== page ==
From 1500 through to 2020, Arabs find a new home in Brazil

Arabs immigrated seeking promising lives, commercial success and prosperity. As a result, they thrived and contributed to the country’s growth.

Marcos Carrieri
marcos@anba.com.br

São Paulo – Instalment payments, recipes, a different way to celebrate, unheard-of words, and business, lots of business. That is some of the heritage which Arabs have brought to Brazil since the first immigrants arrived. When that was is uncertain, but the 13-vessel fleet led by Pedro Álvares Cabral had Arab crew as early as 1500. Since the first few years after its foundation, Arabs were present and influent in Brazilian society, but it wouldn’t be until the second half of the 19th century that the Syrians and Lebanese really streamed in.

Now, an in-depth look into the number of Arab natives and descendants in Brazil will become available as the Arab Brazilian Chamber of Commerce releases a groundbreaking next Wednesday (22), in an online event that will also mark its 68th anniversary.

Now, the number of Arabs and Arab descendants living in Brazil will be revealed in an unprecedented, in-depth survey set to be released by the Arab Brazilian Chamber of Commerce next Thursday (22), in an online event that will also mark the organization’s 68th year in existence.

Even though scholars do not agree on a date on which Arabs first reached Brazil, they all concur that the culture and the language was already spreading among slaves prior to 1850. And then, from 1880 on, that presence became consolidated. Pictured above is the Abrão Dib family, in 1922, during their earliest times in Brazil. 

According to Federal University of Rio de Janeiro (UFRJ) Arab Language and Culture professor João Baptista de Medeiros Vargens, Arab influence in Brazil includes Islamic people, for as far back as the first half of the 19th century, black Muslim slaves were being trafficked into Bahia. Here, in 1835, they rose up in a major rebellion which the local government cracked down on. The abadá tunics they wore and the Koran verses they kept close to their vests, however, became emblems of their religion and culture. “It’s hard to tell which countries they came from, because many of them would get shipped out of the same seaport, which was not of necessity in their own lands,” Vargens notes.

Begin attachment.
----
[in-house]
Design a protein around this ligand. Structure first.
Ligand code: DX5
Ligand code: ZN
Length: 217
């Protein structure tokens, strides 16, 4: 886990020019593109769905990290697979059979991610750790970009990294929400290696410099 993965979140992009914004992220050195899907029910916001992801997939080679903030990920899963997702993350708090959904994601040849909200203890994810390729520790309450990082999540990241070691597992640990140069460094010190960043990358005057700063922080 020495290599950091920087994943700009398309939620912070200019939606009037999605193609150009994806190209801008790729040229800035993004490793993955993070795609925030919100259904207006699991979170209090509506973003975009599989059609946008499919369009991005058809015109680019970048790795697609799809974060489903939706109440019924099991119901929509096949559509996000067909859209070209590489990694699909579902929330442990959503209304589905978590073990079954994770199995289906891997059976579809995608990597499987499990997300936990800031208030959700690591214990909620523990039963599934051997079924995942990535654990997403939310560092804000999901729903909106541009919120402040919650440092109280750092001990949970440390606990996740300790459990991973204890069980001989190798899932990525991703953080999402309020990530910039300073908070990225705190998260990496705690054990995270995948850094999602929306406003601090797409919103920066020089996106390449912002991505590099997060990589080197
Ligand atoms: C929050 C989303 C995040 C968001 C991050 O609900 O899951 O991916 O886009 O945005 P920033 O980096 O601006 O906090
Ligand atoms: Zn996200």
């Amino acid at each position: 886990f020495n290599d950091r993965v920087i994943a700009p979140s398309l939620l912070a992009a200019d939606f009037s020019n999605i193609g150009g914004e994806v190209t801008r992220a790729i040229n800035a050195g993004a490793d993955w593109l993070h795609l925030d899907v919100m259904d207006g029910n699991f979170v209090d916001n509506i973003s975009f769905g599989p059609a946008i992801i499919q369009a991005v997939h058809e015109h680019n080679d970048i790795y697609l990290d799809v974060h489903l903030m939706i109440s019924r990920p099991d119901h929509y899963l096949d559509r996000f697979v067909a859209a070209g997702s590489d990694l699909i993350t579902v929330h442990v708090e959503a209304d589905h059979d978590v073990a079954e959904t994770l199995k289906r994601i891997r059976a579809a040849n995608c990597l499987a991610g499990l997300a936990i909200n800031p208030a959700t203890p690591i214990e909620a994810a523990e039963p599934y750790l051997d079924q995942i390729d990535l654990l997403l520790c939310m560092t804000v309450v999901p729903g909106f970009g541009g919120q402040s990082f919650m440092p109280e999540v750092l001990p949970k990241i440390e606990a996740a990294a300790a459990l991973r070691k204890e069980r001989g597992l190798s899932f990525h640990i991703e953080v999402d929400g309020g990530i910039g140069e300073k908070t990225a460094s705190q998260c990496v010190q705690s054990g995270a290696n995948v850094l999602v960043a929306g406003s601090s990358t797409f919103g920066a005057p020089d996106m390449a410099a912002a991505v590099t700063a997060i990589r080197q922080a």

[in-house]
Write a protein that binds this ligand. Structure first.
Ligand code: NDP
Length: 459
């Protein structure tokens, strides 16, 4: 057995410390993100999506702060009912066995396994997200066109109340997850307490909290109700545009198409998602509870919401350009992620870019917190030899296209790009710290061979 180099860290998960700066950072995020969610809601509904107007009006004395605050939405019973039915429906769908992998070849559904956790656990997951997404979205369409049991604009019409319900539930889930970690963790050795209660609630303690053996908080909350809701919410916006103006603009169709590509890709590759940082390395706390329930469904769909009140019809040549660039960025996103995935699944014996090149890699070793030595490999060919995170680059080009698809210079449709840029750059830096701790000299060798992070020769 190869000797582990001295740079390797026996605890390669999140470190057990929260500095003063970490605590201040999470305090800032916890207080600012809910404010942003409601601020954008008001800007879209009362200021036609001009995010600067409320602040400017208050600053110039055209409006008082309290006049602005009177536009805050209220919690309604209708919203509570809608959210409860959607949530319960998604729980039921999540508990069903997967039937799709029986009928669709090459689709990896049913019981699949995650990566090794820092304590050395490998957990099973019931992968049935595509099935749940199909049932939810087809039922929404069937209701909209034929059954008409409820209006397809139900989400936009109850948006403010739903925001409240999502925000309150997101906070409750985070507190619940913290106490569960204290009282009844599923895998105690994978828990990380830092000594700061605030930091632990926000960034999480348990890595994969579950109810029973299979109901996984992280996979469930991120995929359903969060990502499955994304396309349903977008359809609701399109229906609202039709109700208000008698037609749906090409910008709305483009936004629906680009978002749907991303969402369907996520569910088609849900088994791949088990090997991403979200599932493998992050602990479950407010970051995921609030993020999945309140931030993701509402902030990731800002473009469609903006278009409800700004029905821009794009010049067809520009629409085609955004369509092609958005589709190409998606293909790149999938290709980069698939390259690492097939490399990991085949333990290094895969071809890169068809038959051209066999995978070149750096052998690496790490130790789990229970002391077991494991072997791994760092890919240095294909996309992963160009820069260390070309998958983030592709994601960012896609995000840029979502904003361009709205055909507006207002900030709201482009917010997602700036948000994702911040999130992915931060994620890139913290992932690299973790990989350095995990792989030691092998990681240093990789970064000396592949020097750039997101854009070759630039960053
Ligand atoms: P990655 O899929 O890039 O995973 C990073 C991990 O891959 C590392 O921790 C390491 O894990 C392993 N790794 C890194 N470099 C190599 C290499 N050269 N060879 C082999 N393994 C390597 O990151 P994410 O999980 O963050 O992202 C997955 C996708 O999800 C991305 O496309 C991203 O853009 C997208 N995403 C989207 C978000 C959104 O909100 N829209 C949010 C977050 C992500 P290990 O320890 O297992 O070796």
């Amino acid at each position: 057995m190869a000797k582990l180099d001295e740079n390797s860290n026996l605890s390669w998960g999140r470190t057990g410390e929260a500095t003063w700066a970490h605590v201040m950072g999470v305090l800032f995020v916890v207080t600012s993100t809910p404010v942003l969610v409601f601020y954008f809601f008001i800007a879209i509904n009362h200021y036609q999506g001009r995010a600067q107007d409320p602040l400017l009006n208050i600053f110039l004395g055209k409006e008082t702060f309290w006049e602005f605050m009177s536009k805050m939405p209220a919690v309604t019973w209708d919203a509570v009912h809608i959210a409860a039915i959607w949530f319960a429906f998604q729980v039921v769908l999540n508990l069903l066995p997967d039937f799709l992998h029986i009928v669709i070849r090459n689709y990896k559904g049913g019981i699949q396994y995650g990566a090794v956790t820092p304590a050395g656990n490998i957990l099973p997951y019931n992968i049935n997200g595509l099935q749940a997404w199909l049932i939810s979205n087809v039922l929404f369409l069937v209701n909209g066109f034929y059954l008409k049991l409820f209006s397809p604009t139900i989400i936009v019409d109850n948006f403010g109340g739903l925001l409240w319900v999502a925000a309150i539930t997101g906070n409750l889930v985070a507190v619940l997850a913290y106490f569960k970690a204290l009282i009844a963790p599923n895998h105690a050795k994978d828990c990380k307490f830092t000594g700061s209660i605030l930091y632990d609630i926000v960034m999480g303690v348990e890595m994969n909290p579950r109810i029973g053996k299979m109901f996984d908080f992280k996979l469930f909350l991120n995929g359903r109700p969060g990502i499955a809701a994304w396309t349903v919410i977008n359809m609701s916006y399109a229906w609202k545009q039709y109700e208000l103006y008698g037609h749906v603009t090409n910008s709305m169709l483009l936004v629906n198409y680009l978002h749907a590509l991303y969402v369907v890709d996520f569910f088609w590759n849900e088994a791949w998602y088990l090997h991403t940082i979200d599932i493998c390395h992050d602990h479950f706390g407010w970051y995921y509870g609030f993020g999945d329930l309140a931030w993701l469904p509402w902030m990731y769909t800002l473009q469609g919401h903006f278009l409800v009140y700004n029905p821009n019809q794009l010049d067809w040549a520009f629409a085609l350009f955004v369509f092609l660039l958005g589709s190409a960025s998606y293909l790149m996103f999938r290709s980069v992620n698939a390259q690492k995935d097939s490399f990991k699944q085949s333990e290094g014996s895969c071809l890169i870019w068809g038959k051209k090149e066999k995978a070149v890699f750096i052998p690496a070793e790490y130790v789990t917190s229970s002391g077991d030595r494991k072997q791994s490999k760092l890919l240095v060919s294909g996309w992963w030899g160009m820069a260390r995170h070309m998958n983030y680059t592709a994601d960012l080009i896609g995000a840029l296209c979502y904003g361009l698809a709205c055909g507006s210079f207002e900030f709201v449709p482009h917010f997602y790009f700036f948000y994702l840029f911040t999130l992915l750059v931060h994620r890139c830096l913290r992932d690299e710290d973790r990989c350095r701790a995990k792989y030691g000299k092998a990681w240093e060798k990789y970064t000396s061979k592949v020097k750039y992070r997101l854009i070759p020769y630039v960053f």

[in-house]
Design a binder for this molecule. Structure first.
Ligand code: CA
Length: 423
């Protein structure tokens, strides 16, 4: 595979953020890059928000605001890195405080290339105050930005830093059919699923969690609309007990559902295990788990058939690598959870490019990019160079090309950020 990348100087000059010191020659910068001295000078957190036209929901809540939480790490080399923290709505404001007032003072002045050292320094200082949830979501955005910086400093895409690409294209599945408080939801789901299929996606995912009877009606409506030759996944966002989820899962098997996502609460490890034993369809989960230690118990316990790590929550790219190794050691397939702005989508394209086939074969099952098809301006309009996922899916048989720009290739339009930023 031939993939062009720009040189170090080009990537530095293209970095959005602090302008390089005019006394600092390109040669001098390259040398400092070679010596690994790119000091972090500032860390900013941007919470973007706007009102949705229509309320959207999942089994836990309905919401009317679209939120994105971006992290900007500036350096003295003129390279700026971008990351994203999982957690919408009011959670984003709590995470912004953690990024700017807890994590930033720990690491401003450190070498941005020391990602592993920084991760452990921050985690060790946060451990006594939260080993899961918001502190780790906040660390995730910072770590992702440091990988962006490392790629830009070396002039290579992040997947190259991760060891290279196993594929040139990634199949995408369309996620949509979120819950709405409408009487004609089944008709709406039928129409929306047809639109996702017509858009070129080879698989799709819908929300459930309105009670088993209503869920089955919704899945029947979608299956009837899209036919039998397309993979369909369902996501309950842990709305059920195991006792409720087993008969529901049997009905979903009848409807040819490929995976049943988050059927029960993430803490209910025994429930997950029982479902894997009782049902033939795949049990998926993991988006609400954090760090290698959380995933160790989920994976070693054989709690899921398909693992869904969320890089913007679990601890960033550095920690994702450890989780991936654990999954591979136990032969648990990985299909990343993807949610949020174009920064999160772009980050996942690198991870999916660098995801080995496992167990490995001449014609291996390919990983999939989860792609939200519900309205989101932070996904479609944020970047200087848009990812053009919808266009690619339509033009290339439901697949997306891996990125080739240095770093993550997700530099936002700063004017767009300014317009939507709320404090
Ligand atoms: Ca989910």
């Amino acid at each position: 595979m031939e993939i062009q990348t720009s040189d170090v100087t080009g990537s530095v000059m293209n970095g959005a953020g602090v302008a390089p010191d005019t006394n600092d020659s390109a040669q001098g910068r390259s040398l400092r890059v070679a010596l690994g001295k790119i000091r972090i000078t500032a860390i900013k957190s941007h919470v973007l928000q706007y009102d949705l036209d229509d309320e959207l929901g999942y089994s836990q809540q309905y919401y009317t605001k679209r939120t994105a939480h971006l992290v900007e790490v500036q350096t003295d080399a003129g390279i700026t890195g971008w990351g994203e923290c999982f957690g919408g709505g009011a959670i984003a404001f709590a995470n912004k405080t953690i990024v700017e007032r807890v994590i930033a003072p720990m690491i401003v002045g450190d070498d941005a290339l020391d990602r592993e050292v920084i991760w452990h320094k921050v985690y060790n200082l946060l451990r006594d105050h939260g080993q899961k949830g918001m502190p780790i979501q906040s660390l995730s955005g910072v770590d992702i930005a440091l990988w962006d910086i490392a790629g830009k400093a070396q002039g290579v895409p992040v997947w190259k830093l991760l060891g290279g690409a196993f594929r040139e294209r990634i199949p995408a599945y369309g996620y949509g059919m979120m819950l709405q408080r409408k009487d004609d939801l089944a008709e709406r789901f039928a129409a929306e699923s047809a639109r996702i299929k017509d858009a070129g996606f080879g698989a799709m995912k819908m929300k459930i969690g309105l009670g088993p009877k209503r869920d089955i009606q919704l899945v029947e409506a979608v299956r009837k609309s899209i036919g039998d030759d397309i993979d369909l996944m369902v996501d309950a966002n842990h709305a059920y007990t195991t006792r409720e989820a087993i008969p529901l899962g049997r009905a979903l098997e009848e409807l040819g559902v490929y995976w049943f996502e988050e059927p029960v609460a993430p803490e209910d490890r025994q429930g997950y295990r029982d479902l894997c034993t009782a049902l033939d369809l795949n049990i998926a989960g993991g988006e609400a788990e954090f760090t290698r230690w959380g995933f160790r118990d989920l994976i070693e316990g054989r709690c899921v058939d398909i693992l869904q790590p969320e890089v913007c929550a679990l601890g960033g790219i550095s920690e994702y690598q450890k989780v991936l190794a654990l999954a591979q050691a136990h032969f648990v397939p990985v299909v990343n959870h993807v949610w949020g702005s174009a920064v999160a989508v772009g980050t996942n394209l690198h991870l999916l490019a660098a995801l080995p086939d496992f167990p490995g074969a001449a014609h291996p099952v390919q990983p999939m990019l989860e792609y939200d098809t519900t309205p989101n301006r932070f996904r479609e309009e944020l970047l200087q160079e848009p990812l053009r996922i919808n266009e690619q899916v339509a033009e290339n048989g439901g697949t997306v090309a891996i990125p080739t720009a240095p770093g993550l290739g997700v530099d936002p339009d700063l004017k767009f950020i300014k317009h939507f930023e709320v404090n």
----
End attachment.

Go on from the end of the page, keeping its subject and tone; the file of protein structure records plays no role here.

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From 1840 on, wars and fighting in Lebanon and Syria drove away many residents. Their dreamland and fate was often the United States, the promising America, as well as some South America locations, like Argentina. “Brazil was not their place of choice, yet some of them would pick it, since it was also a promising destination in America. Others would come in by mistake,” University of São Paulo (USP) Arab History professor Arlene Clemesha points out.

The director of the Latin America Studies and Cultures Center at Lebanon’s Holy Spirit of Kaslik University (USEK), researcher and historian Roberto Khatlab notes that more and more Arabs flocked to Brazil as of 1880, in the wake of emperor D. Pedro <I>’s two trips to Africa and the Middle East. Although the emperor’s travels were not official in nature, his presence in Egypt, 1871 and then in Egypt, Syria, Lebanon, Palestine and Turkey, in 1876, ultimately introduced a new country to the inhabitants of that section of the globe.

Texts and papers on Brazil were even published in Arabic newspapers. D. Pedro II learned to read the language and took an interest in the local culture. More than that, he raised awareness of a nation with vast tracts of fertile land – which the European colonizers explored –, and one which required merchants. “D. Pedro II was a man of foresight. He’d spread the word across Europe that Brazil needed to develop its farming. But he also wanted people to engage in commerce, to make goods circulate across the territory. And he knew that Arabs were great at that,” says Khatlab.

This Arab presence was crucial to the development of trade in Brazil. According to Khatlab, many of the Lebanese who settled in this promising country in the Americas brought along something they had mastered back home, from village to village: selling. They were also accomplished conversationists. In shuttling from crop to crop across the state of São Paulo and elsewhere in Brazil, they’d haul along not only their haberdashery kits of fabric, tools and items of daily use, but also news and information from one place to the next.